It is true that the words “impairment” and “disability” can be confronting.
The sections of the two documents that the person’s physician must complete deal with impairments that limit the person’s ability to perform daily activities: at the physical (seeing, speaking, hearing, walking, eating, dressing) and mental (e.g., learning, concentration, judgment, memory) levels.
You cannot force the person you are caring for to ask their doctor to complete these documents, but you can reassure them:
- A physician, medical specialist or specialized nurse practitioner will be able to tell you if they are able to complete the documents based on the disabilities and limitations of the person you are caring for;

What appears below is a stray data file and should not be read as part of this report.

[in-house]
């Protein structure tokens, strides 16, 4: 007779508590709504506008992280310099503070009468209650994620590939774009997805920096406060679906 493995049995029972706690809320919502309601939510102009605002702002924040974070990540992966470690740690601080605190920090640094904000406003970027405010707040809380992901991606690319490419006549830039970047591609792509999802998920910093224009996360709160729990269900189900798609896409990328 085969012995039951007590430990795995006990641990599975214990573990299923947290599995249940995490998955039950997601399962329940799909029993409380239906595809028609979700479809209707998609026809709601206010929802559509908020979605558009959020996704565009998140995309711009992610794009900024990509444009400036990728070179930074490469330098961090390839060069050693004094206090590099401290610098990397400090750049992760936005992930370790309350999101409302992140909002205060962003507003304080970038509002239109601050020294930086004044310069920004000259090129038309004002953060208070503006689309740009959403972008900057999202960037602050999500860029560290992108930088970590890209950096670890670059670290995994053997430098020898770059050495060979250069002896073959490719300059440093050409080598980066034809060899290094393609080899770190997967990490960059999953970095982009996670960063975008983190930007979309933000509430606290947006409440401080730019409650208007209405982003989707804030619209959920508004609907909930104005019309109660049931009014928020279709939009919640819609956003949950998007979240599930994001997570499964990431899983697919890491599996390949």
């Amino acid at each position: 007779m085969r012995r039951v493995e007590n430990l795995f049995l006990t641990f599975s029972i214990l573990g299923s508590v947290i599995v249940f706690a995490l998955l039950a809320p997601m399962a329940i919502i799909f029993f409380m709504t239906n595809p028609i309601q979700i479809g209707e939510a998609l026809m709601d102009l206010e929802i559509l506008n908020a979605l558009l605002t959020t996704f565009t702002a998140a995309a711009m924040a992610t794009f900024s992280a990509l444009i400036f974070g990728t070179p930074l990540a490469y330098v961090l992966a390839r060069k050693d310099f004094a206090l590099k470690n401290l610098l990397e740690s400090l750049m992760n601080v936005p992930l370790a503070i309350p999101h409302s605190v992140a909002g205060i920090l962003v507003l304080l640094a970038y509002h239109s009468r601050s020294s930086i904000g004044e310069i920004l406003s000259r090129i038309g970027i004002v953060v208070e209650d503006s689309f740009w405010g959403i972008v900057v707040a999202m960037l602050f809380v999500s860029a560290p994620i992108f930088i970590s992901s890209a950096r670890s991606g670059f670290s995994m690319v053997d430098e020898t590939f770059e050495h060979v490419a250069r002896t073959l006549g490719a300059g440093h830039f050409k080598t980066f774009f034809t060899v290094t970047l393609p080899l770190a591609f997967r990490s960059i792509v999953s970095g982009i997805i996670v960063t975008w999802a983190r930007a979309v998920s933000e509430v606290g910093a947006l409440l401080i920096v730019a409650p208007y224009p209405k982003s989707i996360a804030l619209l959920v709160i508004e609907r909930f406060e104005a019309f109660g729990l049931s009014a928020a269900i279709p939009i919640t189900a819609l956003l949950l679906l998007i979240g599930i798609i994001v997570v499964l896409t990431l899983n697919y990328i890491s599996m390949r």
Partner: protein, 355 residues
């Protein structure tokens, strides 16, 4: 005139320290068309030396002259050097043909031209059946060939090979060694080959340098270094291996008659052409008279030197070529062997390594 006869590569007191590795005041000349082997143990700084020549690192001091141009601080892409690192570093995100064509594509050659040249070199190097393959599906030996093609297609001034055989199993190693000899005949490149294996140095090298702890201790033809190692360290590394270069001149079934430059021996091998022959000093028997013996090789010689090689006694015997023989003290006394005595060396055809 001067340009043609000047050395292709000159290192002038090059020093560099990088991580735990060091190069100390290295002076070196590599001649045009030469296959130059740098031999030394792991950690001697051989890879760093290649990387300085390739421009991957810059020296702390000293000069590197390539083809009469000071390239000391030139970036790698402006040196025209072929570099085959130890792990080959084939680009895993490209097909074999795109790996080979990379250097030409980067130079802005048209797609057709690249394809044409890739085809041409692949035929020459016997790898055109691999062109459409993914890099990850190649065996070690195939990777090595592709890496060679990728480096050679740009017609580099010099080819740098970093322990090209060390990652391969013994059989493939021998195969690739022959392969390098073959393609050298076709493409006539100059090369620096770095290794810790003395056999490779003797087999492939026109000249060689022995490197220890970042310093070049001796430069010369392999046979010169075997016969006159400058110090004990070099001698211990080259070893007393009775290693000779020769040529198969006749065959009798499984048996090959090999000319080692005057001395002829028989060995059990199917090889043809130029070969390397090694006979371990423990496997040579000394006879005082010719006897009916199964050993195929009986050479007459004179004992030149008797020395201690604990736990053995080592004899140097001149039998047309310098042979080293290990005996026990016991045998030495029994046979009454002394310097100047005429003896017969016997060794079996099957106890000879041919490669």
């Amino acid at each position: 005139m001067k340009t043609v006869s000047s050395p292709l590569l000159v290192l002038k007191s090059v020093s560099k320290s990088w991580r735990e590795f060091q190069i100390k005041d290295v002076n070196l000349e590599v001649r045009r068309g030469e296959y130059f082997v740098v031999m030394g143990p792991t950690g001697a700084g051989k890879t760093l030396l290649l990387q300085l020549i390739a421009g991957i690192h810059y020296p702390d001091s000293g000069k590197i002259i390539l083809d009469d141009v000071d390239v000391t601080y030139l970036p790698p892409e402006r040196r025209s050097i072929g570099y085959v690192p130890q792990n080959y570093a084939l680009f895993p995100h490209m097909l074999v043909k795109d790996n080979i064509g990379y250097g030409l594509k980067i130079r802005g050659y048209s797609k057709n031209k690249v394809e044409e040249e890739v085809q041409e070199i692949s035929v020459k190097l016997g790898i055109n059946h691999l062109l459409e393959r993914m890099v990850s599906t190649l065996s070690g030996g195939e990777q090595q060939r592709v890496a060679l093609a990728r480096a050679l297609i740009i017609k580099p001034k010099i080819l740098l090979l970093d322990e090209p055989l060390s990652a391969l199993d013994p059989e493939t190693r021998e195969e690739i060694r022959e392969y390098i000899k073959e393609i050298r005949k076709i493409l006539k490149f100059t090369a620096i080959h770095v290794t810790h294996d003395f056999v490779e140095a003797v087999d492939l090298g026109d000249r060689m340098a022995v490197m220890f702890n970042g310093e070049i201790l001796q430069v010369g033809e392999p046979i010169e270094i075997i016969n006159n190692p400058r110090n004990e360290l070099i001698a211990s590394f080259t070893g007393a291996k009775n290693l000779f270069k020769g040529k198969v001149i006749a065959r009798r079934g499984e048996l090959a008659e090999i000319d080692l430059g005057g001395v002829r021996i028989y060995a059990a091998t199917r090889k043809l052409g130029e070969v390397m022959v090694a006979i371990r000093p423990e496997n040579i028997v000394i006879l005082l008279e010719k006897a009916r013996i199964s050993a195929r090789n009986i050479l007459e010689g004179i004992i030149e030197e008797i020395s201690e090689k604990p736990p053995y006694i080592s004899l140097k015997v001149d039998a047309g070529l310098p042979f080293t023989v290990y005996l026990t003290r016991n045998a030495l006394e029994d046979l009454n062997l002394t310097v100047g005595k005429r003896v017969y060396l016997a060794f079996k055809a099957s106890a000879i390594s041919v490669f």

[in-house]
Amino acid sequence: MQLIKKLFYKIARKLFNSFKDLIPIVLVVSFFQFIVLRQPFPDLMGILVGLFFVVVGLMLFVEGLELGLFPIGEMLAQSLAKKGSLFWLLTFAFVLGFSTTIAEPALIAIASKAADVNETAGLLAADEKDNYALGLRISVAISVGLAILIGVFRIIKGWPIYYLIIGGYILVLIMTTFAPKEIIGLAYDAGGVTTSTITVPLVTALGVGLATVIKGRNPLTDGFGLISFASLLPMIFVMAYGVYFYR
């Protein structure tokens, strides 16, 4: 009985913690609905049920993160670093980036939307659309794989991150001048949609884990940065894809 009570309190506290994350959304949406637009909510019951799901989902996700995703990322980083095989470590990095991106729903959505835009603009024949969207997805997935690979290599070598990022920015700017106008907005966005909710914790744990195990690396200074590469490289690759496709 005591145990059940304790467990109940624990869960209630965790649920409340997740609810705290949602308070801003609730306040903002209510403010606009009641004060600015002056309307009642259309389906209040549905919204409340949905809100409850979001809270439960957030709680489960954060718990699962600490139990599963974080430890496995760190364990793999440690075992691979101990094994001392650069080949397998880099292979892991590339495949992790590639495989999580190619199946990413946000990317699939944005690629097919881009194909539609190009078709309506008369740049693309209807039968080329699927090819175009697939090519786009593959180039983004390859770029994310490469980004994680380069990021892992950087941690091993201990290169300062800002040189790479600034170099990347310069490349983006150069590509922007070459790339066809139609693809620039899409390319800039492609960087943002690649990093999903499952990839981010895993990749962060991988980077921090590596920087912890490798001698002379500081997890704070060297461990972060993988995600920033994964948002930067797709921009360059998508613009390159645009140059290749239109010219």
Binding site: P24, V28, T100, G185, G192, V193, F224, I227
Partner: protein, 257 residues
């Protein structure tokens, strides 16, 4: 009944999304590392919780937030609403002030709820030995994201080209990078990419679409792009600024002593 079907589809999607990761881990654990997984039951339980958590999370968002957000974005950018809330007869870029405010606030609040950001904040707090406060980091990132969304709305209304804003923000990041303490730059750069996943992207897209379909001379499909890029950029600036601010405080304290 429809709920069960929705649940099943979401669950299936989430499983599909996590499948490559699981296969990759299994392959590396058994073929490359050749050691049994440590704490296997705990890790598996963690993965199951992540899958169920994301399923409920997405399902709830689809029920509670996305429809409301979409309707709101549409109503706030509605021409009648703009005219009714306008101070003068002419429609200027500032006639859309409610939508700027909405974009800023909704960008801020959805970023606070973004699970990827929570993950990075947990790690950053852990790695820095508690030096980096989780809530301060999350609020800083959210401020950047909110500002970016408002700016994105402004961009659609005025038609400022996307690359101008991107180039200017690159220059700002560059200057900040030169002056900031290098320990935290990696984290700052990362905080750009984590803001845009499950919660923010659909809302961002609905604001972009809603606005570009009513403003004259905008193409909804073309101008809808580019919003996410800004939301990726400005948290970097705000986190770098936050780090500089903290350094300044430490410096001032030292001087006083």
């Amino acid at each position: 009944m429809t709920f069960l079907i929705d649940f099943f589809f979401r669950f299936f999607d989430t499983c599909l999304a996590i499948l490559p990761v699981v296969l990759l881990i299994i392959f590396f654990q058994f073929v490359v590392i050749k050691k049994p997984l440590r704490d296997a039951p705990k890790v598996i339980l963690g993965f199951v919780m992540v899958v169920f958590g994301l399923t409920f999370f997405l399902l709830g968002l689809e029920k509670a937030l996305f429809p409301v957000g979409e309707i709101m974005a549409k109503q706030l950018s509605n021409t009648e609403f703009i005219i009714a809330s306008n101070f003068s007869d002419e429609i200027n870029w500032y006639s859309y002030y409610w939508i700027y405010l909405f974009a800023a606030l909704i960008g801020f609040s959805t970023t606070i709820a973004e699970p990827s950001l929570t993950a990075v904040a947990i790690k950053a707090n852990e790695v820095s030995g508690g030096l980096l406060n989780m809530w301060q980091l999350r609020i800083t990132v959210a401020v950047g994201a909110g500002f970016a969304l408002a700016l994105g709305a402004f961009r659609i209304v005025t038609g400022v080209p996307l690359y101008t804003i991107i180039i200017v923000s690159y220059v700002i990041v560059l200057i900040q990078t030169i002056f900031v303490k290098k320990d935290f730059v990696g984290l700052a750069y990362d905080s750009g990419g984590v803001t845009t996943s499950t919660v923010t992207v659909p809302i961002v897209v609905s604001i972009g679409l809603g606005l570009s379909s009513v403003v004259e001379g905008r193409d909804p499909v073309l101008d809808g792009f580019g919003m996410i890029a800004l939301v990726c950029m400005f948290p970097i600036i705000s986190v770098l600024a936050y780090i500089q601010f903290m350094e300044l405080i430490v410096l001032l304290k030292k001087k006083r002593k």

- These documents are used by Revenu Québec and the Canada Revenue Agency to analyze applications. They are used to determine the aspects in which the person being cared for requires the help and assistance of a caregiver, for example, to carry out daily activities;
- These two documents will not be used to declare the person unfit. The process to declare a person incapacitated is much more complex and time consuming;
- With these documents, the person you are caring for may be able to benefit from tax credits that may help them. Your accountant can verify if these documents could allow them to access other tax credits;
- This process could also be a way to be recognized as a caregiver by Revenu Québec and the CRA.